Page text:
A Graveyard of Ships As Sea History goes to press, NMHS Sponsors Ralph and Dorothy Packer have just Lady Elizabeth (Photo by Dorothy Packer) returned from the Falkland Islands, where they fo ll owed the Maritime Trail and came upon the wrecks of vessels fami li ar to Sea History's readers. Their letter to us and photographs of vessels like the Charles Cooper, the Jhelum and the tug Samson will appear in Sea History 78. We wanted to whet your appetite with just one image of the lady Elizabeth of 1879, swathed in rust but still carrying her lowermasts. She has been grounded in Whalebone Cove since 1936. JA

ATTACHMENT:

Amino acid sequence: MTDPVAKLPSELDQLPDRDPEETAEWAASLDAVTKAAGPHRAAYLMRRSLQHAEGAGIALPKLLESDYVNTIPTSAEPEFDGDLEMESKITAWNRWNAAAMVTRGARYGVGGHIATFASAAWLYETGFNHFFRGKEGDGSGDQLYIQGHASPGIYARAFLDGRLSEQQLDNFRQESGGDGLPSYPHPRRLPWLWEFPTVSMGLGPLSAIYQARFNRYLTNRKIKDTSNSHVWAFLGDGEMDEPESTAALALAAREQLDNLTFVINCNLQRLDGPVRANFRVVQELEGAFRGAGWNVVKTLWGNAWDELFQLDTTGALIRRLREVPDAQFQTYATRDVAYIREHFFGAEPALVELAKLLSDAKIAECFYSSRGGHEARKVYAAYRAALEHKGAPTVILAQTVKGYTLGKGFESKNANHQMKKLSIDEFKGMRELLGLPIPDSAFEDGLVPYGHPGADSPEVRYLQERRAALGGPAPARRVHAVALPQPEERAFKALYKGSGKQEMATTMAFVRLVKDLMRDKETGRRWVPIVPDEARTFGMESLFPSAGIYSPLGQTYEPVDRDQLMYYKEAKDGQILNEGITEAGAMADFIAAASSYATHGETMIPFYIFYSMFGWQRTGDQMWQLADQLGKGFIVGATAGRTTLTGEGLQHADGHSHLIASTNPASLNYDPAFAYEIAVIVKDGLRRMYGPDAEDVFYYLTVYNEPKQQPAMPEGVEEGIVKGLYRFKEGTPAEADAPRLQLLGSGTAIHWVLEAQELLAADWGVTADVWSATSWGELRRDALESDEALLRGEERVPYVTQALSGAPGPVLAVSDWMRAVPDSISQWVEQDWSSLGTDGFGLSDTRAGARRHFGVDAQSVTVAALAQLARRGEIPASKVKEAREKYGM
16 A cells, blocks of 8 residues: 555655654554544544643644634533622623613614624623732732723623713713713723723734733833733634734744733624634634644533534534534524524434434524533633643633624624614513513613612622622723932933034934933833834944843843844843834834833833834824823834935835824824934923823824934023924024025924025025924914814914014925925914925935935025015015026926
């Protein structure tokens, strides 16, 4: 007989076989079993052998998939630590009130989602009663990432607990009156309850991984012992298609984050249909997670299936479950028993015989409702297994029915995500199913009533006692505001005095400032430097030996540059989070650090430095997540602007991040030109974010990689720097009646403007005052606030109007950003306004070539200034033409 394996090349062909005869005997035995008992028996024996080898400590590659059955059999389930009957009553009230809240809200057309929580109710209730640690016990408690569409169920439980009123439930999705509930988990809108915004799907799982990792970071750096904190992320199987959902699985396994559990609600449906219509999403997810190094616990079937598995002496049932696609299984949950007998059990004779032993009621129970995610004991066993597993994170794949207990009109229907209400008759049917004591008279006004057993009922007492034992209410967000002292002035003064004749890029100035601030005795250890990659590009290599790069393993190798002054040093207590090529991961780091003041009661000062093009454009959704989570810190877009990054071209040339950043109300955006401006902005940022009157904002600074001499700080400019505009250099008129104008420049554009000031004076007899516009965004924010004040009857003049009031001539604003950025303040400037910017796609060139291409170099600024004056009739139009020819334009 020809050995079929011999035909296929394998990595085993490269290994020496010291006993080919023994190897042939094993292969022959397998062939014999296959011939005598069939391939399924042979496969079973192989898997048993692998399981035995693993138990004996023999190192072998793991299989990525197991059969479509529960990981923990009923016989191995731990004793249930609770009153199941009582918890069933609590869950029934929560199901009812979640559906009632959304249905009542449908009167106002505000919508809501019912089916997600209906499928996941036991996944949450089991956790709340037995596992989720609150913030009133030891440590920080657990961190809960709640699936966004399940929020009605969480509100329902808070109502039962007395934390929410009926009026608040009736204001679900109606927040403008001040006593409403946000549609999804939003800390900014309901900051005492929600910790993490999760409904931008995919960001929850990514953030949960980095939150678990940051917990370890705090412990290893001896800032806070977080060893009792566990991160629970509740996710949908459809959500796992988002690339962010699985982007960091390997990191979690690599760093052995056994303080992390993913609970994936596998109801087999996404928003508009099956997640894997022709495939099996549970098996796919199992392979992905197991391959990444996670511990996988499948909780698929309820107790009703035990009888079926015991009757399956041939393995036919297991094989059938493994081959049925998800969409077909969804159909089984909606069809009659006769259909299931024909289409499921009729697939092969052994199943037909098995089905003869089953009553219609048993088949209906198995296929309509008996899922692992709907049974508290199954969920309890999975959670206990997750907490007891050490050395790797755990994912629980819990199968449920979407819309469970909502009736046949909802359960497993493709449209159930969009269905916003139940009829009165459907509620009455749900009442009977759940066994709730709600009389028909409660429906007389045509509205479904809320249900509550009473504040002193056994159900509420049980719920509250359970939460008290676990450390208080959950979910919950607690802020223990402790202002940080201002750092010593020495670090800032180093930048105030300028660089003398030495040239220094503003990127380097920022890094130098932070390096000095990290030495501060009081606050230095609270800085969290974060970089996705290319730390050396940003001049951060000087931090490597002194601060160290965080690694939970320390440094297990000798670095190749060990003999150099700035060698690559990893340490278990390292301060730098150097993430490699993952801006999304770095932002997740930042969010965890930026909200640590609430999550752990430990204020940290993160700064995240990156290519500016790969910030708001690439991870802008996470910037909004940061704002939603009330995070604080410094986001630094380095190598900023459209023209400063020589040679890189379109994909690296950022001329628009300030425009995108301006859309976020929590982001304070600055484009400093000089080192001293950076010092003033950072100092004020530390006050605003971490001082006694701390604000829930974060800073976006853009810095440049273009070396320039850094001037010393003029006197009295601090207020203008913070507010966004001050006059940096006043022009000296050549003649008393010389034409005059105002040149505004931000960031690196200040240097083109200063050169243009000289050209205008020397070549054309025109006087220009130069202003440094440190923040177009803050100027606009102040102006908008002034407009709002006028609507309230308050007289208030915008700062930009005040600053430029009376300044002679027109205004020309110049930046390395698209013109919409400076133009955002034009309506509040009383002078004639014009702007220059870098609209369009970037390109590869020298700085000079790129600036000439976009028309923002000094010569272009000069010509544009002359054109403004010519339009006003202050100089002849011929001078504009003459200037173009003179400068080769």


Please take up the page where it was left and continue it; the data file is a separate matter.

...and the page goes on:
ship Nobska of 1925 has received a $3 million !STEA grant which will be used to survey and replace the hull and restore the steam engine, decks, staterooms, stairways and dining room to prepare for a return to service in 1997 (New England Steamship Foundation, c/o The Whaling Museum, 18 Johnny Cake Hill , New Bedford MA 02740; 508 999-1925) .. . supporters of the 87-year-old Regina Maris in Greenport, New York, are stepping up their efforts to restore the hi storic barkentine spurred by a New Bedford, Massachusetts, proposal that includes the Regina as a centerpiece for their own touri sm effort (SRM, One Bootleg Alley, PO Box 624, Greenport NY 11944; 516 477-0004) ... the Continental Navy sloop Providence , based in Rhode Island, has hauled down her sails and suspended operations until next spring due to a financial loss following the failure of a charter that wou ld have taken he r to the Maritime Provinces over the summer (CSP, PO Box 76, Newport RI 02840; 40 J 846-1776) ... with no immediate funding available for repairs , the Seattle-based Virginia V Foundation will surrender the Virginia V ' s Certificate oflnspection to the US Coast Guard and lay up the vessel for the summer while campaigning to use her as a shoreside attraction and raise funds so she will be steaming again for her 75th anniversary in March 1997 (VVF, 901 Fairview Avenue North, A-110, Seattle WA 98 I 09) ... a new 20-year lease of the Queen Mary to Long Beach CA businessman Joseph Prevratil has raised objections from several sources based on Prevratil 's previous lack of maintenance on the Queen Mary and the inadeq uacy of funds for repairs to rotting decking and weakened structural supports (SS United States Preservation Society, 540 Fort Leavenworth Street, Suite 301, San Francisco CA 941097503) .. . the Submarine Memorial Association has announced that, after25 years in Hackensack, New Jersey, the Ling (SS-297) and the New Jersey Naval Museum are finalizing plans for a new home in the Hoboken Southern Waterfront Project (SMA , PO Box 1602, West New York NJ 07093; 201 662-1229) .. . in June the Toronto Historical Board plans to relaunch its steam tug Ned Hanlan of 1932, wh ich has been drydocked since 1972 at the Marine Museum of Upper Canada (MMUC, 55 SEA HISTORY 77 , SPRING 1996